One of the world’s most ambitious civic projects, the West Kowloon Cultural District in Hong Kong gained momentum today. The District announced that Herzog & de Meuron, in partnership with TFP Farrells, won the job to design Hong Kong’s largest contemporary art museum called M+.
Herzog & de Meuron and TFP Farrells beat out five other teams: Renzo Piano Building Workshop; Kazuyo Sejima and Ryue Nishizwas/SANAA; Toyo Ito & Associates and Benoy; Shigeru Ban Architects and Thomas Chow Architects; and Snøhetta.
The M+ project, slated for completion in 2017, will join several other proposed cultural venues, including the Xiqu Centre designed by Bing Thom, as part of the District’s first, multi-billion dollar development phase. M+ will rest on the waterfront of Victoria Harbor at the edge of a lush, 100-acre park and within a master plan devised by Foster + Partners.
The museum’s collection will encompass contemporary visual culture from Hong Kong, China, and beyond.
“It will become the most important platform for contemporary art in Asia,” says senior partner Jacques Herzog, “so we have to give the local community of artists a venue that is theirs.” Herzog and his partner Pierre de Meuron won the Pritzker Prize in 2001.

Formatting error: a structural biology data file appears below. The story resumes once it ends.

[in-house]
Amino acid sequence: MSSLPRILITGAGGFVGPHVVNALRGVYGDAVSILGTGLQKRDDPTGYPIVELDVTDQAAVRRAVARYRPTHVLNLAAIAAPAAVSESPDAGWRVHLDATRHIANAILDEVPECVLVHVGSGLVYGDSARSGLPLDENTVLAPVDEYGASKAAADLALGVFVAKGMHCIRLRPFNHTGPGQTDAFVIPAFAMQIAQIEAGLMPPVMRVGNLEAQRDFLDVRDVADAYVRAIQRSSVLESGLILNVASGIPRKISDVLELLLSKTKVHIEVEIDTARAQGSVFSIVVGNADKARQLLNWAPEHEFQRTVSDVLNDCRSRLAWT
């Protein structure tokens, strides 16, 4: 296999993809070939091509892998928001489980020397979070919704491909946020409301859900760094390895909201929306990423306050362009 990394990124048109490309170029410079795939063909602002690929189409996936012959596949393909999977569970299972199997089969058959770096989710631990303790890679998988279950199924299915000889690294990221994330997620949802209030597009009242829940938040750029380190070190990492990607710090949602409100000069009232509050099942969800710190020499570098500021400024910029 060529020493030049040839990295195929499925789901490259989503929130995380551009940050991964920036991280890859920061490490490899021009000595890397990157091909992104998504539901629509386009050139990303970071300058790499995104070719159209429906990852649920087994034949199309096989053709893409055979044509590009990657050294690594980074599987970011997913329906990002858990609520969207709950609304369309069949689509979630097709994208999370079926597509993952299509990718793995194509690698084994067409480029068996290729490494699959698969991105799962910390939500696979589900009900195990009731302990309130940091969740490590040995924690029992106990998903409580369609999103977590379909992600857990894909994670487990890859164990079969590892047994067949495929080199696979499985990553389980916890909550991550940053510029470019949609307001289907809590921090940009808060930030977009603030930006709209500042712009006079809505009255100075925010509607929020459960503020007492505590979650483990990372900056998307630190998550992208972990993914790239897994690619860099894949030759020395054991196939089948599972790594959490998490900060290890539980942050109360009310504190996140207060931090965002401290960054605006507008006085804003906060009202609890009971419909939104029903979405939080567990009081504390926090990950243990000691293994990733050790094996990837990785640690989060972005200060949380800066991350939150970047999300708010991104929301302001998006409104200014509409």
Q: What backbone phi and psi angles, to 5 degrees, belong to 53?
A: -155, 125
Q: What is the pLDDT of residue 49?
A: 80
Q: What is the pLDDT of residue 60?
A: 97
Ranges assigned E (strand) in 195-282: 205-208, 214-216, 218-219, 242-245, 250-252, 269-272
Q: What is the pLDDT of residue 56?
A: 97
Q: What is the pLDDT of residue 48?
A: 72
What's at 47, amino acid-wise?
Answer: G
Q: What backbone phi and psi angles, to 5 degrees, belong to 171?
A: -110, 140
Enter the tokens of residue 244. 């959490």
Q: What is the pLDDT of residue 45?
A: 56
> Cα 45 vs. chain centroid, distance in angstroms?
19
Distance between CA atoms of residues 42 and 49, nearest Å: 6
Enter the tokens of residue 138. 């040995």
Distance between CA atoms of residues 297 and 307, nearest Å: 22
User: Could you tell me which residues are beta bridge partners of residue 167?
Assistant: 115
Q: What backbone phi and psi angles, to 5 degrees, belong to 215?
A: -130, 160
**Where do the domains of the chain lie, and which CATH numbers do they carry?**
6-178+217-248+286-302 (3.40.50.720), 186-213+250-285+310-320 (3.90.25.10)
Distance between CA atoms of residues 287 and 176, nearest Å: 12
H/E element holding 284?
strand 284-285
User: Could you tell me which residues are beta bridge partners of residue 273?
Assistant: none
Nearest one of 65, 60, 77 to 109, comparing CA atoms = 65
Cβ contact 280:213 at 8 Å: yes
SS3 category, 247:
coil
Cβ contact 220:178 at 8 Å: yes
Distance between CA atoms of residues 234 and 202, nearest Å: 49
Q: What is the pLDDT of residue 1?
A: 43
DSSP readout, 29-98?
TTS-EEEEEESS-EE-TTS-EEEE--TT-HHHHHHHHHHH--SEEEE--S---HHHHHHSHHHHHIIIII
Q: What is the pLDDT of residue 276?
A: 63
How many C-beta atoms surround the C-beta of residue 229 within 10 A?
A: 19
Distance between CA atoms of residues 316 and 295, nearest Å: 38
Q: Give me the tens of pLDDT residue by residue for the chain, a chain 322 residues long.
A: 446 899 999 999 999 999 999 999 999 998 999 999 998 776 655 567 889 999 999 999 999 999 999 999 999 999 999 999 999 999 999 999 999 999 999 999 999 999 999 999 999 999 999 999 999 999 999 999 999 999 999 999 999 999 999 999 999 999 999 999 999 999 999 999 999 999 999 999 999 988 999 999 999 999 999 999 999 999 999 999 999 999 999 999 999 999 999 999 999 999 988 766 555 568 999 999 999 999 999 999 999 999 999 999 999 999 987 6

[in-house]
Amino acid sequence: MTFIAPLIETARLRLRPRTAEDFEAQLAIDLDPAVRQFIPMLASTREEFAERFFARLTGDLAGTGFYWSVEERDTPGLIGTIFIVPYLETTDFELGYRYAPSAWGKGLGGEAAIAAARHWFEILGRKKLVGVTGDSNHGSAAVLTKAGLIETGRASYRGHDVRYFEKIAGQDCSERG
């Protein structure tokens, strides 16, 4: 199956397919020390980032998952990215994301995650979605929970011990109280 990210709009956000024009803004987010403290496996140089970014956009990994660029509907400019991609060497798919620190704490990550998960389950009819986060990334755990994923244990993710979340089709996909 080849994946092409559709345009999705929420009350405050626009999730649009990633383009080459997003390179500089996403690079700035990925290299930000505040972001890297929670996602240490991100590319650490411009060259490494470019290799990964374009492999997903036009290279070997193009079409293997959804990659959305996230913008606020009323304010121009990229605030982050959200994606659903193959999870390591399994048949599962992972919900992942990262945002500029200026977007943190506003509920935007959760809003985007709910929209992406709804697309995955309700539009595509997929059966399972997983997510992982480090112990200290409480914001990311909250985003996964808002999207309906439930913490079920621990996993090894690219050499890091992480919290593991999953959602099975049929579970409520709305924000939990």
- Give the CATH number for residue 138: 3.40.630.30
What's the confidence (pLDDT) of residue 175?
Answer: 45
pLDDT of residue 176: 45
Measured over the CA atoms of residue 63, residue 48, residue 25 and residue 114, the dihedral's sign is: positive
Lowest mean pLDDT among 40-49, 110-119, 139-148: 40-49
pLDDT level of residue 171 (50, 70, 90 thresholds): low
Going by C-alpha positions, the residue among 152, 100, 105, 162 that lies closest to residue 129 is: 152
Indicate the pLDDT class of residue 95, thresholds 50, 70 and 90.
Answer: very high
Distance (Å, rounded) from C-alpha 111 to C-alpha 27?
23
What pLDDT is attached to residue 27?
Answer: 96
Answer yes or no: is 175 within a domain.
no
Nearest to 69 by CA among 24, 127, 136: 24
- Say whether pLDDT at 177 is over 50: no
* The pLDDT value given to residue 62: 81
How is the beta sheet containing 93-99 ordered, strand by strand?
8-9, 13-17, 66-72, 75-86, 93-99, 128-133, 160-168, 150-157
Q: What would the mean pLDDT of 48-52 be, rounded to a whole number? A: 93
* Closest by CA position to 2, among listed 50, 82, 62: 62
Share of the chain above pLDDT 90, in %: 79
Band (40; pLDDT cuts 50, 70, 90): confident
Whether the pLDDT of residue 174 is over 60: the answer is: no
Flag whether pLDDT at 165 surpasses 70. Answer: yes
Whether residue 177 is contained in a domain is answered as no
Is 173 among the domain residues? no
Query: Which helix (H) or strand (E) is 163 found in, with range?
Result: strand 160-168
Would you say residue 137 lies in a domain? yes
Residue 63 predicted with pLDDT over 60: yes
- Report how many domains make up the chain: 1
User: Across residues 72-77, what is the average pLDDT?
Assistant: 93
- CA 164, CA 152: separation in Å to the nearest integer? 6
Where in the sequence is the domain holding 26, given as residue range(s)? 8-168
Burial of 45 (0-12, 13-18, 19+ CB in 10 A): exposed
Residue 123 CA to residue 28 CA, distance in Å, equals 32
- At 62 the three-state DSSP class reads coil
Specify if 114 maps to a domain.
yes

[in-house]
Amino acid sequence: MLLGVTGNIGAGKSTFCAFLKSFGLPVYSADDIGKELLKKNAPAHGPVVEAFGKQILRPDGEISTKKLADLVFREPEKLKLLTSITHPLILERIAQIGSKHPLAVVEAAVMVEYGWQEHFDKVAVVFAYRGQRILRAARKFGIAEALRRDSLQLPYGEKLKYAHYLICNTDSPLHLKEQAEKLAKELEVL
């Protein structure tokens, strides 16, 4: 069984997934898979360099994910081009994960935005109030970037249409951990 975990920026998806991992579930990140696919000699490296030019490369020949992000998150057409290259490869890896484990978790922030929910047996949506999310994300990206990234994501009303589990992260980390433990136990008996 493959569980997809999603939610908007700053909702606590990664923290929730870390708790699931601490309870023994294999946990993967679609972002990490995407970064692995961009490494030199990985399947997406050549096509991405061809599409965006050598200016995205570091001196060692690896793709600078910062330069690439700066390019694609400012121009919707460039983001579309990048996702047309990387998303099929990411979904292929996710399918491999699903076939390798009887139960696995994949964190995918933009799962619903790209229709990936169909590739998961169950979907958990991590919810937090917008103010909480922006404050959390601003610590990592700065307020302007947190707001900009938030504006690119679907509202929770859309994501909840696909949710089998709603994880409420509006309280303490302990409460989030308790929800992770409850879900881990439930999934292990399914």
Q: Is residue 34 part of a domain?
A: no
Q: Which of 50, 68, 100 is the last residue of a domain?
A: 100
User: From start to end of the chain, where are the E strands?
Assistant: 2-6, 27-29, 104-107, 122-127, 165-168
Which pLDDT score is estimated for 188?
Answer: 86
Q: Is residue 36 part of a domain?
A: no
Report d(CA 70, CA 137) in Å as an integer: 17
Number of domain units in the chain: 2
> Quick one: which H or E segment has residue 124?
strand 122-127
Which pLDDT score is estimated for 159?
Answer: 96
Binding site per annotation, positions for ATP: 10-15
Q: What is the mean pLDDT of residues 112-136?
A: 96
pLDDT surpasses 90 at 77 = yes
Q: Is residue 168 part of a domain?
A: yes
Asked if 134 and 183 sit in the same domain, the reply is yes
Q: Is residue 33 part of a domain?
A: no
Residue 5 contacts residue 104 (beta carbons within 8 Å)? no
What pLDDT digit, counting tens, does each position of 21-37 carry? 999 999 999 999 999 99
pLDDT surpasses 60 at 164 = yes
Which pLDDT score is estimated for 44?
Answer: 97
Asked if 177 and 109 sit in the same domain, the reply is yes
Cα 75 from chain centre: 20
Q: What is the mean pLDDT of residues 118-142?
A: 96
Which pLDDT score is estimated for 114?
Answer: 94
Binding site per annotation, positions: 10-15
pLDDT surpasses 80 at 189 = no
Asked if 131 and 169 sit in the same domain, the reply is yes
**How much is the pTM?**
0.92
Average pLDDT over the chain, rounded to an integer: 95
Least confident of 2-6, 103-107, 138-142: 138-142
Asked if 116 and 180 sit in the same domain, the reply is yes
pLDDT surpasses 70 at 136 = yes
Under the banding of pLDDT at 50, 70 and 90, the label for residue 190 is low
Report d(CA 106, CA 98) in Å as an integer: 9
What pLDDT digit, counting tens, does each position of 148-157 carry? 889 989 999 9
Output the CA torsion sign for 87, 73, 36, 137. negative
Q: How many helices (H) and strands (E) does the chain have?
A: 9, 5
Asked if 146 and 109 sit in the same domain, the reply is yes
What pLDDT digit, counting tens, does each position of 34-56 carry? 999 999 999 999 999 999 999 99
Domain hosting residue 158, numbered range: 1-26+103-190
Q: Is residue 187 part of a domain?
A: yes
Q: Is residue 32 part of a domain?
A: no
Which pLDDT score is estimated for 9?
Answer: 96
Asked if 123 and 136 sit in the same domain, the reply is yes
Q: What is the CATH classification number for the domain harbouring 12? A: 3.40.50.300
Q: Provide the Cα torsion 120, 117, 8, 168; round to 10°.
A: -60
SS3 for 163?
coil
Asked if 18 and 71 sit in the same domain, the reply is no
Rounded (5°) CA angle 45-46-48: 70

Rather than imitate Chinese architecture, Herzog said the architects designed the building to reflect the Chinese principles of opposites—darkness and light.
Two perpendicular elements of steel and glass will compose the 645,000-square-foot structure. The horizontal slab will function as a gallery space and the vertical one—echoing Kowloon’s skyline—will contain office and administrative spaces.
The design activates existing infrastructure, connecting the museum to Hong Kong’s Airport Express via a tunnel. A raw, underground space will serve as a site for display and performance, “as opposed to white cube galleries,” Herzog explains. At night, LED lights will project art onto the building’s vertical element like a billboard.
Herzog says, “The greatest challenge for architects is to do buildings that generate public life and creative life and make the city more itself.”